Compelling but intense. The Year We Disappeared is not a novel. It's nonfiction. It's the story of what happened to the Busby family in 1979 after the father, a local cop, John Busby, was shot. Told through alternating accounts of the father and the daughter, Cylin, the story is both compelling and intense. I found it was a book that I wanted to read, needed to finish, but at the same time, it wasn't a book that I felt comfortable reading in one sitting. I needed breaks with this one. The intensity of the pain and the emotion got to be too much at times. Very realistic, of course. The book is very honest and straight forward. It doesn't need to sensationalize anything for dramatic effect. The bare facts alone are enough to make this a haunting read.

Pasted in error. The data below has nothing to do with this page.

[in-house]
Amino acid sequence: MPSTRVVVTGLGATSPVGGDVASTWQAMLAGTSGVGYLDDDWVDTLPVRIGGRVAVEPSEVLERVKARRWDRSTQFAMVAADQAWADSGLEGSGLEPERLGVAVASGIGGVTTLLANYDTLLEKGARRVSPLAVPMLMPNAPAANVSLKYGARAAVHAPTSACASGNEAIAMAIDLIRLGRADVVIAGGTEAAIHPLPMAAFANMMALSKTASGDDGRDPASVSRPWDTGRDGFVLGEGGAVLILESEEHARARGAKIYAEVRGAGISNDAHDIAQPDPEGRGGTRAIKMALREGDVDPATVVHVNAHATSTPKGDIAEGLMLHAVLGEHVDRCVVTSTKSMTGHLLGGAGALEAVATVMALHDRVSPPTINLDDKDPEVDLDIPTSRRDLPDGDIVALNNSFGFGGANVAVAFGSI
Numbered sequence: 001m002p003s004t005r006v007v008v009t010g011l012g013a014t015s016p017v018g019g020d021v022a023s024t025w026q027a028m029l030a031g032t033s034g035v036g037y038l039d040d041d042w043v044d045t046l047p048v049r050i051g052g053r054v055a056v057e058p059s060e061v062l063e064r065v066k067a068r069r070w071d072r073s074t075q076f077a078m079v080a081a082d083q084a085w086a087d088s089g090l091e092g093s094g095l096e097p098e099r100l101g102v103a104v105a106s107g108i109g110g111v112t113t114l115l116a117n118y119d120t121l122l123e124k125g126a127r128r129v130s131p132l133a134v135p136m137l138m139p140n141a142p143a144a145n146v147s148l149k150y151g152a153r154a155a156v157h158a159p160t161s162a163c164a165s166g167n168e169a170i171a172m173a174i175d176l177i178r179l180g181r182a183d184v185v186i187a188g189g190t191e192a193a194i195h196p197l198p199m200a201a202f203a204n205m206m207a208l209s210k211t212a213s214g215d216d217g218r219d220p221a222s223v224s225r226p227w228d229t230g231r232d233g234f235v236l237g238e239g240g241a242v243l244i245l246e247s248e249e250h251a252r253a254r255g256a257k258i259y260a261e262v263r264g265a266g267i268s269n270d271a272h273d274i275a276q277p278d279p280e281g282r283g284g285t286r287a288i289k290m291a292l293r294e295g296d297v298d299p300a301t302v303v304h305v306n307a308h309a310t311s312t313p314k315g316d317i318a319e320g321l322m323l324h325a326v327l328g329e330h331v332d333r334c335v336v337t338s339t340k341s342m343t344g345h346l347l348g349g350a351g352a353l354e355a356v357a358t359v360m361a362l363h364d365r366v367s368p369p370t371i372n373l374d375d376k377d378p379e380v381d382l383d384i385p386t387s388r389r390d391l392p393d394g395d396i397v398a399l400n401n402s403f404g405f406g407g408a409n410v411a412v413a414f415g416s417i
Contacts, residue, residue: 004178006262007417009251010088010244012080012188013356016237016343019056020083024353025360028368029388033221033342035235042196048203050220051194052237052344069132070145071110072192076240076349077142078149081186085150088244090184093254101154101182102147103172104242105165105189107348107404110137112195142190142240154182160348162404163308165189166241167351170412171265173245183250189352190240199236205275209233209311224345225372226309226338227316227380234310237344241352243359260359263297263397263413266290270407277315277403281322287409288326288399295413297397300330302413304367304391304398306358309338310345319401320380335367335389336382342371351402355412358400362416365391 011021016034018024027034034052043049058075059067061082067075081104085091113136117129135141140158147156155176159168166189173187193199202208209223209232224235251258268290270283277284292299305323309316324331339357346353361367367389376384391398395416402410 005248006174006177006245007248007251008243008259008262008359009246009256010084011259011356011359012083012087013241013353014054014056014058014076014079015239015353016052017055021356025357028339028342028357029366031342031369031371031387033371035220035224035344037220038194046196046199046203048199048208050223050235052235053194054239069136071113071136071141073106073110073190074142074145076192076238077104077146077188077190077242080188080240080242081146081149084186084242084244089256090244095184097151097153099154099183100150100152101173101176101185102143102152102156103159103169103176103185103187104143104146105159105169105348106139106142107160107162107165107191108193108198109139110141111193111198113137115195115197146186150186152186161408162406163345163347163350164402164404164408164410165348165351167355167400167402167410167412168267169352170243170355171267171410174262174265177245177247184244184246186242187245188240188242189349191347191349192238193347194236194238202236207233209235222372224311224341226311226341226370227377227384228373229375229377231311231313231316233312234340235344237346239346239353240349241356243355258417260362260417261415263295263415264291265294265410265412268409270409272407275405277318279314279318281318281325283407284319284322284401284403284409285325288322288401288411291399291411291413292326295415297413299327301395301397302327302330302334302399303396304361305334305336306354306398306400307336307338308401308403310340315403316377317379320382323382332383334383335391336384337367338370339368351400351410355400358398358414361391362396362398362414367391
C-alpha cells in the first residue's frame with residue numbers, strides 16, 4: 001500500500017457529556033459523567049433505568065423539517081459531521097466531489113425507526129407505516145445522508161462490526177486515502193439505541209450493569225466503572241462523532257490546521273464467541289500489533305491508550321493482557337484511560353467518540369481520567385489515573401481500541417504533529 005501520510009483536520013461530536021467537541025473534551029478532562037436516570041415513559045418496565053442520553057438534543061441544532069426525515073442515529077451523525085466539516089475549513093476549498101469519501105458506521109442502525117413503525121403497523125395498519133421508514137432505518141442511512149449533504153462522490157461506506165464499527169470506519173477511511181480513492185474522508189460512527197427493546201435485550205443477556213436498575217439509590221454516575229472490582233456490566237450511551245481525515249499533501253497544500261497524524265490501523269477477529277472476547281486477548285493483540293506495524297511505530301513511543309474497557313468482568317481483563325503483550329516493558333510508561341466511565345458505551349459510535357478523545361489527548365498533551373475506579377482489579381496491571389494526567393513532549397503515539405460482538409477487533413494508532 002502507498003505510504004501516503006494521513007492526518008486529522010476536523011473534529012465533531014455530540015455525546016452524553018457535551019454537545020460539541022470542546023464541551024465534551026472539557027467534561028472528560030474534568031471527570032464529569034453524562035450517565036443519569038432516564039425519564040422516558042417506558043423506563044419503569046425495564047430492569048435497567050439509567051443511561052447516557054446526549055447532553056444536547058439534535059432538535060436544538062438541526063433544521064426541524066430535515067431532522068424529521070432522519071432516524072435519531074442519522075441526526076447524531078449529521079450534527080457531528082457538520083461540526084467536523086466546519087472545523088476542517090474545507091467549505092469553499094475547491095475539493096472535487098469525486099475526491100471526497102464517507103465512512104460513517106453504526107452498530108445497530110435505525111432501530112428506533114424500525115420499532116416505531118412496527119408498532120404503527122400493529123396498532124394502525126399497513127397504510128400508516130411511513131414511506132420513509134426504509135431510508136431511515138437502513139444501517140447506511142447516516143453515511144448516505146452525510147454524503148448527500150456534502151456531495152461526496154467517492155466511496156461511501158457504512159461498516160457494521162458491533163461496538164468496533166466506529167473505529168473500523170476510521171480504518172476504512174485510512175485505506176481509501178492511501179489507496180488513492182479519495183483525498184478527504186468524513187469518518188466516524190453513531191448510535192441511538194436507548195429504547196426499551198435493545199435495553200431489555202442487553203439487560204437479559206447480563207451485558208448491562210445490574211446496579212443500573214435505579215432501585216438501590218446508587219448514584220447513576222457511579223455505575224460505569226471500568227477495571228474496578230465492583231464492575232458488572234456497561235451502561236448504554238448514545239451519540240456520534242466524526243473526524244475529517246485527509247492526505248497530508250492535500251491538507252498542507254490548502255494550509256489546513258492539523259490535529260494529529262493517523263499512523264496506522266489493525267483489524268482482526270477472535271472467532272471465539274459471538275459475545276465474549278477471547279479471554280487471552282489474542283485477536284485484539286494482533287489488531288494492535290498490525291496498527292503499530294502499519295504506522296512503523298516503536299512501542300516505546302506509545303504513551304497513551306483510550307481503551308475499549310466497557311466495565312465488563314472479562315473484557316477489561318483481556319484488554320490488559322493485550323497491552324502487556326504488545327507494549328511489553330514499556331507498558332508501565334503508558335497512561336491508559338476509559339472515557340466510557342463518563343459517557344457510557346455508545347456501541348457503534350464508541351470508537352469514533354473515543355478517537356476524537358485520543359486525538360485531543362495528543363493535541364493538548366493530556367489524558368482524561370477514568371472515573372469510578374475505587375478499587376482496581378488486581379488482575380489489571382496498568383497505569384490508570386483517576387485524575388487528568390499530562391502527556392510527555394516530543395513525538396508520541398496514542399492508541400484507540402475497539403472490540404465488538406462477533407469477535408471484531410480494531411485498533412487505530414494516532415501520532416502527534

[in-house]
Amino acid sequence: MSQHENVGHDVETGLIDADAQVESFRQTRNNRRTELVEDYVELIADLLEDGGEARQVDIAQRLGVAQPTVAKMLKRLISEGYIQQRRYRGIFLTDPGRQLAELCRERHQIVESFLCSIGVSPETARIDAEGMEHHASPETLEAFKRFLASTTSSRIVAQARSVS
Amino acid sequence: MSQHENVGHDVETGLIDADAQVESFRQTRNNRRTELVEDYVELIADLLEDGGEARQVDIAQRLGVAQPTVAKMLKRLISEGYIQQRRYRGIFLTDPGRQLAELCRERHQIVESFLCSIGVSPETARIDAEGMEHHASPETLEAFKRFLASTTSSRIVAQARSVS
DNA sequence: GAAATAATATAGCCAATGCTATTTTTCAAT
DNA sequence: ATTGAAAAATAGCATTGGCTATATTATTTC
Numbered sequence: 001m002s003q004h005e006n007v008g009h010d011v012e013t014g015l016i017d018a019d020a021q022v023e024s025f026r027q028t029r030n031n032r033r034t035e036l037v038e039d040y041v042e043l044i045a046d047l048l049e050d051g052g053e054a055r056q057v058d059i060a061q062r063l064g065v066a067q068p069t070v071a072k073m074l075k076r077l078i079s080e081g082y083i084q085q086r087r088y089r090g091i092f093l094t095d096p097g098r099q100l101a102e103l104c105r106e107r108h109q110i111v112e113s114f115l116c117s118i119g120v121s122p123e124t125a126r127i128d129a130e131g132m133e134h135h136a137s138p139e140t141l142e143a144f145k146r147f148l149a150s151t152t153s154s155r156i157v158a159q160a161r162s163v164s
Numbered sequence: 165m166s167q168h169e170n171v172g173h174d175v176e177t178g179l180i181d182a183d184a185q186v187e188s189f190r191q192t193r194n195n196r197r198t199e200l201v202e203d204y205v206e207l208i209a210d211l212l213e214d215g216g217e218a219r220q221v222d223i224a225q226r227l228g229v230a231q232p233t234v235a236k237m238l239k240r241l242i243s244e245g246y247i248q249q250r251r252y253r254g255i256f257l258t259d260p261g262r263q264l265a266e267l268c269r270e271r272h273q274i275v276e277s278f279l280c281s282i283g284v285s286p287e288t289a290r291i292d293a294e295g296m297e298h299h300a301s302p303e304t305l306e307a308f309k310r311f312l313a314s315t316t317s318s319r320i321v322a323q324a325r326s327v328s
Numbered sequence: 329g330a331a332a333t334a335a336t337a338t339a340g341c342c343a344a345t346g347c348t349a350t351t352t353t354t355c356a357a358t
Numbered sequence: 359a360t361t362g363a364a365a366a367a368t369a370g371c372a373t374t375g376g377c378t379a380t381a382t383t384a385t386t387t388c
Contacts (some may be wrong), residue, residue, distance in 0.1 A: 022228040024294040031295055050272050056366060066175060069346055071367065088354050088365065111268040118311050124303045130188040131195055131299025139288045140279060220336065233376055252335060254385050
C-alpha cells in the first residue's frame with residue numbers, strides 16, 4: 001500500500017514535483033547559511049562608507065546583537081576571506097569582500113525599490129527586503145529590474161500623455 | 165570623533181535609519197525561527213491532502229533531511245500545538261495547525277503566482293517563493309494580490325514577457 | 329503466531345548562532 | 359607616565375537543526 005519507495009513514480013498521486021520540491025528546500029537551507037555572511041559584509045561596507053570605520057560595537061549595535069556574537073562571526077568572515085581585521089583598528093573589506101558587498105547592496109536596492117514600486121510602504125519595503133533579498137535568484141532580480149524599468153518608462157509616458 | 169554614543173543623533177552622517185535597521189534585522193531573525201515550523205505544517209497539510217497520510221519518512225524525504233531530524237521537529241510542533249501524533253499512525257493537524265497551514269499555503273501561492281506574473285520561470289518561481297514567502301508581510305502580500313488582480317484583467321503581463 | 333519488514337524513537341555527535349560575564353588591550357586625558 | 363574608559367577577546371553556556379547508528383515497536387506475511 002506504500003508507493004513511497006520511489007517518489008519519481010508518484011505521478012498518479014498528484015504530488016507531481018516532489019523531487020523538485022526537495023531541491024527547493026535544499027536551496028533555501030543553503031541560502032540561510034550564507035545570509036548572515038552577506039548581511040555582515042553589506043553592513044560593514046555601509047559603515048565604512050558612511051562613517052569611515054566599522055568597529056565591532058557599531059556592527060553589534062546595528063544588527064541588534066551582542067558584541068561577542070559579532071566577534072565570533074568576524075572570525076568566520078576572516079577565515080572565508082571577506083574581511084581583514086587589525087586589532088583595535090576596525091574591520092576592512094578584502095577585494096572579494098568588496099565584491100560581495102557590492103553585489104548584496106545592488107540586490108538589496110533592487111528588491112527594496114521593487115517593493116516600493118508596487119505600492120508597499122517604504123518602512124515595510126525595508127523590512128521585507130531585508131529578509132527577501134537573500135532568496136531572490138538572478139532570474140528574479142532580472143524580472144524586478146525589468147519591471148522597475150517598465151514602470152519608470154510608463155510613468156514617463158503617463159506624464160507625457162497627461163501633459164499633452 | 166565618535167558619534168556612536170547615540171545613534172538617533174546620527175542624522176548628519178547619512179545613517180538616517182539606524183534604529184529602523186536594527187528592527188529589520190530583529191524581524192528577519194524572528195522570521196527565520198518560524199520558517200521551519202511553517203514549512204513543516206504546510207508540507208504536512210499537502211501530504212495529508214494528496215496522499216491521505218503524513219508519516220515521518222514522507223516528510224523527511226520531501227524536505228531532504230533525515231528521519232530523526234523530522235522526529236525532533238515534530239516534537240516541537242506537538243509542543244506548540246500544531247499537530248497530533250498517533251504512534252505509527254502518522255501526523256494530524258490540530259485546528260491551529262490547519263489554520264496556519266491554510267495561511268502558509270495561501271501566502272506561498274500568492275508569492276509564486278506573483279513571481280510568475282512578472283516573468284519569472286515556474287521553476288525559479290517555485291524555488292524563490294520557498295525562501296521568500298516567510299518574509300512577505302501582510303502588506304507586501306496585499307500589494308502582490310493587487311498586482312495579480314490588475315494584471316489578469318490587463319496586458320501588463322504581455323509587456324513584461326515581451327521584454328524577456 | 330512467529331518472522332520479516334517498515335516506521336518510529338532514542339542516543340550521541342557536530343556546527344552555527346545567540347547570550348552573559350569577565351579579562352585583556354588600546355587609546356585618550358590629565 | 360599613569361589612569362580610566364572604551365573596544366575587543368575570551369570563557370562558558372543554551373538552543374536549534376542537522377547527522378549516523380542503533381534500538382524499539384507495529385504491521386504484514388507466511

Here is how the prologue begins:
When my dad dies, his body will go to the Harvard Medical School at Massachusetts General Hospital in Boston, though I suspect they are mostly interested in his head.
Intrigued yet? It continues,
Before the surgeons there embarked on what was at the time experimental surgery to reconstruct his face, they asked Dad if he would sign a document bequeathing his body to the hospital. They explained that they would then be able to use his skull as a model to instruct medical students training in facial reconstruction. His was an interesting case--the lower half of the his jaw was removed when he was shot in the head with a shotgun. His tongue was torn in half, his teeth and gums blown away, leaving a bit of bone that was once his chin connected with dangling flesh at the front of his face.
I liked the prologue because it let you know from the start that this wasn't going to be a "pretty" and "sanitized" account of crime and its after-effects. The book is full of horror and shock and raw emotion--pain, confusion, anger, frustration, etc.
Other reviews: The Reading Zone, Jen Robinson, Charlotte,
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